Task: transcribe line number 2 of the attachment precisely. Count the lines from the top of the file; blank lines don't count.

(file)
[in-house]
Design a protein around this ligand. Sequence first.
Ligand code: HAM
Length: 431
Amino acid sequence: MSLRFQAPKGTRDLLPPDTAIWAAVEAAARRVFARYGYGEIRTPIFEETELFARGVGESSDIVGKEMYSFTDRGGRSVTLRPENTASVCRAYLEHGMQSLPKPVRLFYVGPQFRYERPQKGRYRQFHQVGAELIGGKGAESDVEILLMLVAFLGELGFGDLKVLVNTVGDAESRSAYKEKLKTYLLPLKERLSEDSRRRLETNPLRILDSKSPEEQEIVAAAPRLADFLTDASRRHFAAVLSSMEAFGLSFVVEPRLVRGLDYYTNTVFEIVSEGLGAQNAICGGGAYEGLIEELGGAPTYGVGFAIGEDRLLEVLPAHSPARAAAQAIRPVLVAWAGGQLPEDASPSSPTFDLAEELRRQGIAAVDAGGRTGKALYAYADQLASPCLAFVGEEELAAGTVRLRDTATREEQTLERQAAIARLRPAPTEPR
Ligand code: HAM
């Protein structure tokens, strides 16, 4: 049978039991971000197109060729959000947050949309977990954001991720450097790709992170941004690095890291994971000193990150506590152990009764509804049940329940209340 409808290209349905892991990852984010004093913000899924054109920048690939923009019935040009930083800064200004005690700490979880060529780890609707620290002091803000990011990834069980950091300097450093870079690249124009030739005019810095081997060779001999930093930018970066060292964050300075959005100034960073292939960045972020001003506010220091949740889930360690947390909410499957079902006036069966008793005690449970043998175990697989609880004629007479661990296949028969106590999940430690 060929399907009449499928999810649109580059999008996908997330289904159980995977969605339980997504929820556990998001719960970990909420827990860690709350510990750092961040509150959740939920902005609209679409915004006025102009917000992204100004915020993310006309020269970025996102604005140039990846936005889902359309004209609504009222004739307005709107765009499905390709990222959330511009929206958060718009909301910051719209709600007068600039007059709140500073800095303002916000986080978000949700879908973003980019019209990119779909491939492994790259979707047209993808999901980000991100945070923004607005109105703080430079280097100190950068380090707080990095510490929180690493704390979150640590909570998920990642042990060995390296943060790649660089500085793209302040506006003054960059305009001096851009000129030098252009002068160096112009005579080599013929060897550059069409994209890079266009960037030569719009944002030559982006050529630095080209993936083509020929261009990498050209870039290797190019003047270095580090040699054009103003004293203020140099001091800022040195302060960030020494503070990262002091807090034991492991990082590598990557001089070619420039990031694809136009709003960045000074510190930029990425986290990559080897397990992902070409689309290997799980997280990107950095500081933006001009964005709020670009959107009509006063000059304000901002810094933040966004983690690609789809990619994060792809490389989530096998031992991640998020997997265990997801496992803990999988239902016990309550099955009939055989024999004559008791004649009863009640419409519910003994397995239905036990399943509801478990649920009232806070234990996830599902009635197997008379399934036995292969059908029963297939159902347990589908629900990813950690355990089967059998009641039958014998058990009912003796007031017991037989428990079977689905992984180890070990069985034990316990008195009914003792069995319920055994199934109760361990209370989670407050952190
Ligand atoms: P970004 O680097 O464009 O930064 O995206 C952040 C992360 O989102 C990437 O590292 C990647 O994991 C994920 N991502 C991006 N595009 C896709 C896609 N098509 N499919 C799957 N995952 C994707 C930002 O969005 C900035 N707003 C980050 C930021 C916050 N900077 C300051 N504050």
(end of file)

Design a protein around this ligand. Sequence first.